The Bike Guy

From a Vespa export business to road adventures on classic motorbikes, Steve Mueller has evolved his love of the classic Italian scooter into a viable business. Words by Karen Hewell, photos by Alexandre Garel


My orange deck chair sits behind a squat table, the condensation on my beer shivering from the rumble of passing traffic just a few metres away. Café Zoom, headquarters of city tour company Vietnam Vespa Adventures, sits alongside one of the city’s busiest intersections. Owner Steve Mueller lounges back in his chair next to me, clearly accustomed to the perpetual racket on this busy corner of De Tham. He doesn’t seem fazed as he takes another swig from his own sweaty beer mug.

“I’m not really a bike guy back home, but when you come to Vietnam, how can you not be a bike guy?”

Steve arrived to our interview on a taupe Vespa, which sputtered and popped to a halt on the pavement. Painted on its flank is the tour company’s insignia — an orange outline of what looks like a grinning man in a rice hat driving a motorbike. It now sits to our left next to its siblings, six other vintage Vespas with similar paint jobs.

“Think of a vintage, classic vehicle — they are a weekend ride,” he says. “You don’t see people taking their antique car to work. We have a fleet of 50 bikes, and I would say nowhere in the world is somebody using a fleet of antiques and putting them through what we put these things through.”
The concept is certainly a bizarre one. The fleet — a collection of nearly 50 classic Vespas, all originals from the 60s and early 70s — are ridden regularly around the unforgiving urban jungle of Ho Chi Minh City and beyond. Vietnam Vespa Adventures is a tour company for all intents and purposes. What sets it apart, however, are the unexpected workhorses that are the backbone of the operation. “A Vespa is an incredible machine,” Steve says. He should know, since his own Vespas traverse roads that few motorbikes in the city ever will.


Classic Bikes and Bright Ideas

Steve arrived in Vietnam after nearly a year of travelling the world — that was almost 14 years ago. Just as soon as he arrived, he recognised that without two wheels, there was no easy way of getting anywhere around the city. Steve, though, was only interested if he got to do it in style. He bought himself a Vespa, a cheap one, that demanded constant maintenance to stay running. His DIY mechanics crash course paid off though. Before long word got around about his expertise.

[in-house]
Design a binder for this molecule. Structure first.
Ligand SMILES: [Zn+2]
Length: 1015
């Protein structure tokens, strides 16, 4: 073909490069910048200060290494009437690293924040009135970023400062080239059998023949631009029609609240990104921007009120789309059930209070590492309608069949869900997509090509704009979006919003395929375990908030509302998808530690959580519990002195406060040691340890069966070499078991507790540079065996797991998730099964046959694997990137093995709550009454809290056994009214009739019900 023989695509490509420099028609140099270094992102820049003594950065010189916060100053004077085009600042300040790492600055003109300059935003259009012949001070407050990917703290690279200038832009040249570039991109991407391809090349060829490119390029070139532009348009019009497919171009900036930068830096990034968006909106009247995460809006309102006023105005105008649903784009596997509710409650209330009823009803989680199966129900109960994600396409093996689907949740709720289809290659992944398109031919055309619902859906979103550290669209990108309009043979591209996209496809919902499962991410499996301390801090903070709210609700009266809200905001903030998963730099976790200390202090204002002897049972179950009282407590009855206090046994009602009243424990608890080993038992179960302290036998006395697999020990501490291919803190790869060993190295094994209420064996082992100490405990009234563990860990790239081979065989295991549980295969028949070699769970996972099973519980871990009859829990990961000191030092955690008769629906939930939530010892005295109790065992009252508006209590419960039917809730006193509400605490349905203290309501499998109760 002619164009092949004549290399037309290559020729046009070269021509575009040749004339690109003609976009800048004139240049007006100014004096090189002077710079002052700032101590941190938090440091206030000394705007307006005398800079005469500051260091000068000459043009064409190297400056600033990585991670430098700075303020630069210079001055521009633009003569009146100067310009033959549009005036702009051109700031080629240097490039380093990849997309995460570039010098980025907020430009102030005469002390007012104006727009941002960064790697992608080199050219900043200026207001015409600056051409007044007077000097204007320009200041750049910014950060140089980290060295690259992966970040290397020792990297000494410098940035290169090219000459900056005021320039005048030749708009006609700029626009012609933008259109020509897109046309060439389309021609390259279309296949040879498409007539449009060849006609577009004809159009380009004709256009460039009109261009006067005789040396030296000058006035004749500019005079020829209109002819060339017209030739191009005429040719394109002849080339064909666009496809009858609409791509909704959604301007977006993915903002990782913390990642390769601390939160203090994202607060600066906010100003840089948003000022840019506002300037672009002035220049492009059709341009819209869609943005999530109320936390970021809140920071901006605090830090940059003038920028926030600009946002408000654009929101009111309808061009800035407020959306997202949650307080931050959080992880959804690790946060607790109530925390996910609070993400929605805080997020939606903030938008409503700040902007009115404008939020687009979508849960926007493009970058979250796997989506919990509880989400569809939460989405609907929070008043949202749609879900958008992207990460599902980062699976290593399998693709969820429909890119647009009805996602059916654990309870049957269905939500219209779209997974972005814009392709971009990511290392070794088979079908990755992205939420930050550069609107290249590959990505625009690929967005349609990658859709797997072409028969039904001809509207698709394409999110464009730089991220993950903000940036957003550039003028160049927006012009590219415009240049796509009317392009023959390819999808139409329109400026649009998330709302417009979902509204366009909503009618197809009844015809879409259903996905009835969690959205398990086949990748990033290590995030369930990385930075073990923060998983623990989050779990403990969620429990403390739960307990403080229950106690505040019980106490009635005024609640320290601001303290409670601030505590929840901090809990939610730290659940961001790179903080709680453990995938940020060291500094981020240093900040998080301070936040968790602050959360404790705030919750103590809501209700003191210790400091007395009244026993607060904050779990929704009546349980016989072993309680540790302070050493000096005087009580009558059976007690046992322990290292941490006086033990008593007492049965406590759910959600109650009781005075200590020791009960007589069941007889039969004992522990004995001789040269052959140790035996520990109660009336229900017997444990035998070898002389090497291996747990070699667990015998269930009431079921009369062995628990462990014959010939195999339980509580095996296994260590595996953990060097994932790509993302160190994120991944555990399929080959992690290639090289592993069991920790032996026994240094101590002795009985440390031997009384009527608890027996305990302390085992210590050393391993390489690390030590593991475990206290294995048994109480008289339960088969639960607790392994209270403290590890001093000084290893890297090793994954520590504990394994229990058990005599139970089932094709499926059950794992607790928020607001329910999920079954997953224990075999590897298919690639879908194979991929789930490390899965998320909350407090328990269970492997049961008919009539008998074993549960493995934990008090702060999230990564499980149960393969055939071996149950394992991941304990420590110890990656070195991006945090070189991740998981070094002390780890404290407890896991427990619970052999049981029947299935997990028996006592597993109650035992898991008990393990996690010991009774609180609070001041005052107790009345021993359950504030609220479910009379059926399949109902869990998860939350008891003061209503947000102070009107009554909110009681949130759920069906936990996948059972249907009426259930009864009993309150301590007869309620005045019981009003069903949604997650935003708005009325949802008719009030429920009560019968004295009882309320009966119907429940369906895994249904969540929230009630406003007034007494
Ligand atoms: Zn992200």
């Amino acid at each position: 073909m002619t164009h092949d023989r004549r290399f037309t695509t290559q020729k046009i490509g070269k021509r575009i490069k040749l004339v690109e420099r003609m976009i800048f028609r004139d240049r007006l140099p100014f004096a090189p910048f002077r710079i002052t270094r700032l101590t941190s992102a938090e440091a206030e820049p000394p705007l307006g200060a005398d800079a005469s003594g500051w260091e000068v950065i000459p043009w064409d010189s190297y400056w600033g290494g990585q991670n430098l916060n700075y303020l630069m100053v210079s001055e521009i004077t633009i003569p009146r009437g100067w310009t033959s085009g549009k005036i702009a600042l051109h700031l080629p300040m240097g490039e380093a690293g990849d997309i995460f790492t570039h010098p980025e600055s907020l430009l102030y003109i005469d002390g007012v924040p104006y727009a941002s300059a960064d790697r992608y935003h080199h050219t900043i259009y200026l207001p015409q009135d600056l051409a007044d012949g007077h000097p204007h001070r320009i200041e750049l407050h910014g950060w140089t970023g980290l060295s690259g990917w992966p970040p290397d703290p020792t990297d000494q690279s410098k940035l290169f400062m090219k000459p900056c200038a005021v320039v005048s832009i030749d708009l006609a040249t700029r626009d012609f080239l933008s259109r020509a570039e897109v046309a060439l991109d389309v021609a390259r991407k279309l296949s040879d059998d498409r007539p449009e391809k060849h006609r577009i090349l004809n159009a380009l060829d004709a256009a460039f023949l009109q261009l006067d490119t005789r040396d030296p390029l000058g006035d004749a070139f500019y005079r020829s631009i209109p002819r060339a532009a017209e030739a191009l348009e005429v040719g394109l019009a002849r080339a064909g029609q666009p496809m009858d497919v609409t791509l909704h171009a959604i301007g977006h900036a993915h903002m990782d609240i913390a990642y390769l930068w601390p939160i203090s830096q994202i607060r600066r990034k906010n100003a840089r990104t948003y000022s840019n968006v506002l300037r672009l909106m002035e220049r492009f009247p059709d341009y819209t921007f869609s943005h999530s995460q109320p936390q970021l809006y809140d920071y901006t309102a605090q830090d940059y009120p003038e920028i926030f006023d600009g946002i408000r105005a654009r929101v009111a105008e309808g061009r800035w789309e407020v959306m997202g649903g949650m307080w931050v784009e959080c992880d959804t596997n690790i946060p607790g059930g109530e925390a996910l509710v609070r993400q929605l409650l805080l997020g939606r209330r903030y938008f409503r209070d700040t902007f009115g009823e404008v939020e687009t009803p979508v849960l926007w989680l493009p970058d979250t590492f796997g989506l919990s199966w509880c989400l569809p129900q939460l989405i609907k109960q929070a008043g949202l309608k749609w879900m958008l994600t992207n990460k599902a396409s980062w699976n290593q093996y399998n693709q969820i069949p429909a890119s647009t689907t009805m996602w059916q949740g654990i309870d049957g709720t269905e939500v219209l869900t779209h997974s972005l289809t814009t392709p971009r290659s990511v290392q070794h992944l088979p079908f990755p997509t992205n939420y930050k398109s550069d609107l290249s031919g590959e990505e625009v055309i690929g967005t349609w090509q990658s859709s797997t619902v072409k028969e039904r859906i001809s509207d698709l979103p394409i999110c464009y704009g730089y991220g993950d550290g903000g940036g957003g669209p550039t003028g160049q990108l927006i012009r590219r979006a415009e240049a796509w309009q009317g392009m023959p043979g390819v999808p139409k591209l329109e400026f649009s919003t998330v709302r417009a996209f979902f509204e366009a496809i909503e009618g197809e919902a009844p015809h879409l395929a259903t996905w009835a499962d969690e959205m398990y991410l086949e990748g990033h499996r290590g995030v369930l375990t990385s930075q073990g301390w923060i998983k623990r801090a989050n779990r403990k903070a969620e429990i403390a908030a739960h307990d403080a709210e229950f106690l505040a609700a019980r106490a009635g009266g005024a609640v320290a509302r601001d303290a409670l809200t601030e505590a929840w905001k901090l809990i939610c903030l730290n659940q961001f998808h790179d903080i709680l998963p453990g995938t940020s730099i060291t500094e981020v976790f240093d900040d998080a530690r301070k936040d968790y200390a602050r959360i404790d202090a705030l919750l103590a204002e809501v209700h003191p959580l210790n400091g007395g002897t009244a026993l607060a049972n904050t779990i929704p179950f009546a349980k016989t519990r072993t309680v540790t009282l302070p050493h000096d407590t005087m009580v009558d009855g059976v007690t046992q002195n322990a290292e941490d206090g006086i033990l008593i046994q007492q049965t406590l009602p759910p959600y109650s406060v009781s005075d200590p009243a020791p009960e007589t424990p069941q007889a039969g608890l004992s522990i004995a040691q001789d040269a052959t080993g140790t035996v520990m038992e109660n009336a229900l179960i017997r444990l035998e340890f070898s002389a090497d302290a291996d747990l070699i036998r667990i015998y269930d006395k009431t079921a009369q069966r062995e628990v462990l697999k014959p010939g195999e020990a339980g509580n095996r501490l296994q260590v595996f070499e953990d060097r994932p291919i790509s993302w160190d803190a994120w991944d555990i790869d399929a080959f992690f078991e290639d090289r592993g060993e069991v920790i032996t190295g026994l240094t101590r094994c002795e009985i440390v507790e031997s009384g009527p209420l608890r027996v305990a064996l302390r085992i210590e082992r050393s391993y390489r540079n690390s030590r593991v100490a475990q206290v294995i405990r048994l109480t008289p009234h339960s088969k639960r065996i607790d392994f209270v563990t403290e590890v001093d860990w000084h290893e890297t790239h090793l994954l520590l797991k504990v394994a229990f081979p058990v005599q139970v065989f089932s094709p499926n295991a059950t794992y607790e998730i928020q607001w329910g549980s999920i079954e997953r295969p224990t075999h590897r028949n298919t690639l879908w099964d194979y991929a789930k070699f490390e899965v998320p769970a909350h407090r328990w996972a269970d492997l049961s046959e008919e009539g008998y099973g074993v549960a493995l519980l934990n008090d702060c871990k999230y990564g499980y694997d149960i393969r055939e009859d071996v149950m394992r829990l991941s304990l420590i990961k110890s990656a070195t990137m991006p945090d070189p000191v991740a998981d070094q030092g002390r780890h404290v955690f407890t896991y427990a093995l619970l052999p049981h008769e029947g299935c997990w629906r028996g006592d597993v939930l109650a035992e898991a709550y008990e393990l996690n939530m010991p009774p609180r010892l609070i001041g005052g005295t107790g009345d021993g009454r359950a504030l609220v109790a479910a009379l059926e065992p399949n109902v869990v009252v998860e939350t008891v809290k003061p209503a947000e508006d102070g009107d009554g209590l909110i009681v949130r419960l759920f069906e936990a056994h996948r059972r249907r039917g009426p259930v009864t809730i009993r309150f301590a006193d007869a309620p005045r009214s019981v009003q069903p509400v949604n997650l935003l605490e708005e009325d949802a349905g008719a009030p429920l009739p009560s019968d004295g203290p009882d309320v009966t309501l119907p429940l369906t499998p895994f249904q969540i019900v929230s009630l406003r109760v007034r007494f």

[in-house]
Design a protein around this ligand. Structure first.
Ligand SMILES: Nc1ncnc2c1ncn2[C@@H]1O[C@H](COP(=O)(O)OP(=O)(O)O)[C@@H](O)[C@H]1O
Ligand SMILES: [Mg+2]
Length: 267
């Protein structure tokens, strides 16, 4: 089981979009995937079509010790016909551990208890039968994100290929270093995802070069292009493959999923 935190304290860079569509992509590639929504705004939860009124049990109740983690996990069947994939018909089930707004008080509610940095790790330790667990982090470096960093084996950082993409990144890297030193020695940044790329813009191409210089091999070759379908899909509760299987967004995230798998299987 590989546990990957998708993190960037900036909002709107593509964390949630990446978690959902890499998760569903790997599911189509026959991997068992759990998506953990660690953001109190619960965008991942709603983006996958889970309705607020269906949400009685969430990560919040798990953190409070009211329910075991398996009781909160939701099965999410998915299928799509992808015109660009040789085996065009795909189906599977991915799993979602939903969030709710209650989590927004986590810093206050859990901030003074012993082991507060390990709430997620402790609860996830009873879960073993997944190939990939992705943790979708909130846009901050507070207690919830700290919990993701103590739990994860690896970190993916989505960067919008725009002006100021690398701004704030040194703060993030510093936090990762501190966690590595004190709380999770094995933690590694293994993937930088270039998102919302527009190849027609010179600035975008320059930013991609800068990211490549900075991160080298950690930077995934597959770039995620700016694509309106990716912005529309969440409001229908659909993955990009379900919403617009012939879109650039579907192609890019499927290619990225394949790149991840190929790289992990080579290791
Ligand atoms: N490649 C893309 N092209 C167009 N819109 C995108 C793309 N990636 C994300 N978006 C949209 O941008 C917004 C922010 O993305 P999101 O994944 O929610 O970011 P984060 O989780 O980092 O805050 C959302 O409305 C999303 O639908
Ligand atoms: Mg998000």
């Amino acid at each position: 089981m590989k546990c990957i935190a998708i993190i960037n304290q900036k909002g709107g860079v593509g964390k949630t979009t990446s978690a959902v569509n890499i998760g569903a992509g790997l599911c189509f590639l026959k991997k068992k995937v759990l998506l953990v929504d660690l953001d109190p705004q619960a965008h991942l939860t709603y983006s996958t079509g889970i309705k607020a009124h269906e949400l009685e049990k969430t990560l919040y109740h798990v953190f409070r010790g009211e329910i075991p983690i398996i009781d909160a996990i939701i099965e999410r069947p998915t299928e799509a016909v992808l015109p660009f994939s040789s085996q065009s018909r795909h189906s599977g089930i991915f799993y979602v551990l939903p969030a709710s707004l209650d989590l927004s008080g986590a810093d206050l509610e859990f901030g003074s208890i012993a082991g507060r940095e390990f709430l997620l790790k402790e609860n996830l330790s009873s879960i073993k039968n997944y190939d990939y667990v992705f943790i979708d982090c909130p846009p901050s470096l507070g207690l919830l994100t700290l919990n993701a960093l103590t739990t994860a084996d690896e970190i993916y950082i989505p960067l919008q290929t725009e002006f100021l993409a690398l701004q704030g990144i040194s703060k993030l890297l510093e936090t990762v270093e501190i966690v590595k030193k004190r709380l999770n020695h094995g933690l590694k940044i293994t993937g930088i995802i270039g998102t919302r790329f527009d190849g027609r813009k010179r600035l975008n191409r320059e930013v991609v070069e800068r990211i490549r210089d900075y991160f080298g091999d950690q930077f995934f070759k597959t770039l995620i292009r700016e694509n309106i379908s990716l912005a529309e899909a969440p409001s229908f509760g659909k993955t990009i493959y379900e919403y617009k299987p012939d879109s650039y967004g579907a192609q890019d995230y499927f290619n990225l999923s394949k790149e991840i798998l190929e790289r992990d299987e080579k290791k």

“I told a few friends back home that I was riding an old Vespa. They said, ‘I’ve got to have one of those’, so I started a business exporting bikes.”
The exporting continued until a regular client made an off-handed comment: “How cool would it be to do tours on Vespas?” Steve, already a road trip enthusiast, saw the opportunity and ran with it.


Keeping it Simple

The idea was a big one and took a full year to come to fruition. Slowly Steve collected enough bikes, drivers and mechanics to get the venture up and running. Included was the café owned by his then girlfriend, now wife, who became an integral part of the operation when she took the lead in bike purchases with her two cents: “You’re paying too much!”

The seven-day adventure tours began in 2006, and since then have expanded into both long-range tours with a ‘pit crew’ of mechanics along for the ride as well as shorter city tours. Every tour’s itinerary feels like something plucked from Steve’s own travel diary — locations are often his personal favourites, hidden down sleepy alleyways or up darkened stairwells.

Almost seven years later, Steve still makes time to come along with a few tours every week, braving the heat on his own Vespa with sunglasses and a grin. He obviously loves what he does, and his philosophy matches the smile on his face: “Find your passion, keep it simple and be patient.”
For more information on the tours go to


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